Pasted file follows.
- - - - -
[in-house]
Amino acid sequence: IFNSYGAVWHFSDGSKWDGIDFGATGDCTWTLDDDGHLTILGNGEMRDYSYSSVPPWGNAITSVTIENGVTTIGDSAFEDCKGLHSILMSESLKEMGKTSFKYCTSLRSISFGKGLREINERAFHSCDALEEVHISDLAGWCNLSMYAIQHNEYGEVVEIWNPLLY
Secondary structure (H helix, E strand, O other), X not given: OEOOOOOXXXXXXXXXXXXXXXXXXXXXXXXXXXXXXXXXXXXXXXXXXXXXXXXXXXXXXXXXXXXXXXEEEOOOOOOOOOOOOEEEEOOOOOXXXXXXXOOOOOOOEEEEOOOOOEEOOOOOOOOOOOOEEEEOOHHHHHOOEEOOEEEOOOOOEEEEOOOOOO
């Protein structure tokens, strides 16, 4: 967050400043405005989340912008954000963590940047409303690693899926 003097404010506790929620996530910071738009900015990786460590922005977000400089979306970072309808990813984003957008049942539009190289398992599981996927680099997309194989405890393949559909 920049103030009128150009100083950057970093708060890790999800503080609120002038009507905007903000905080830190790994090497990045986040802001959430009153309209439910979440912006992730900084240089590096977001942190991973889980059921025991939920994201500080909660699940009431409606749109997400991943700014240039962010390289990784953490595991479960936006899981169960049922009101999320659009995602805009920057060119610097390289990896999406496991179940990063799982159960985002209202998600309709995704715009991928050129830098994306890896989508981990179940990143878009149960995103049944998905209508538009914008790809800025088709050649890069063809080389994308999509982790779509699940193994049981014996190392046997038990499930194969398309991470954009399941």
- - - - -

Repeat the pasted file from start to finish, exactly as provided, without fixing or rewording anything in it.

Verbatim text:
[in-house]
Amino acid sequence: IFNSYGAVWHFSDGSKWDGIDFGATGDCTWTLDDDGHLTILGNGEMRDYSYSSVPPWGNAITSVTIENGVTTIGDSAFEDCKGLHSILMSESLKEMGKTSFKYCTSLRSISFGKGLREINERAFHSCDALEEVHISDLAGWCNLSMYAIQHNEYGEVVEIWNPLLY
Secondary structure (H helix, E strand, O other), X not given: OEOOOOOXXXXXXXXXXXXXXXXXXXXXXXXXXXXXXXXXXXXXXXXXXXXXXXXXXXXXXXXXXXXXXXEEEOOOOOOOOOOOOEEEEOOOOOXXXXXXXOOOOOOOEEEEOOOOOEEOOOOOOOOOOOOEEEEOOHHHHHOOEEOOEEEOOOOOEEEEOOOOOO
């Protein structure tokens, strides 16, 4: 967050400043405005989340912008954000963590940047409303690693899926 003097404010506790929620996530910071738009900015990786460590922005977000400089979306970072309808990813984003957008049942539009190289398992599981996927680099997309194989405890393949559909 920049103030009128150009100083950057970093708060890790999800503080609120002038009507905007903000905080830190790994090497990045986040802001959430009153309209439910979440912006992730900084240089590096977001942190991973889980059921025991939920994201500080909660699940009431409606749109997400991943700014240039962010390289990784953490595991479960936006899981169960049922009101999320659009995602805009920057060119610097390289990896999406496991179940990063799982159960985002209202998600309709995704715009991928050129830098994306890896989508981990179940990143878009149960995103049944998905209508538009914008790809800025088709050649890069063809080389994308999509982790779509699940193994049981014996190392046997038990499930194969398309991470954009399941």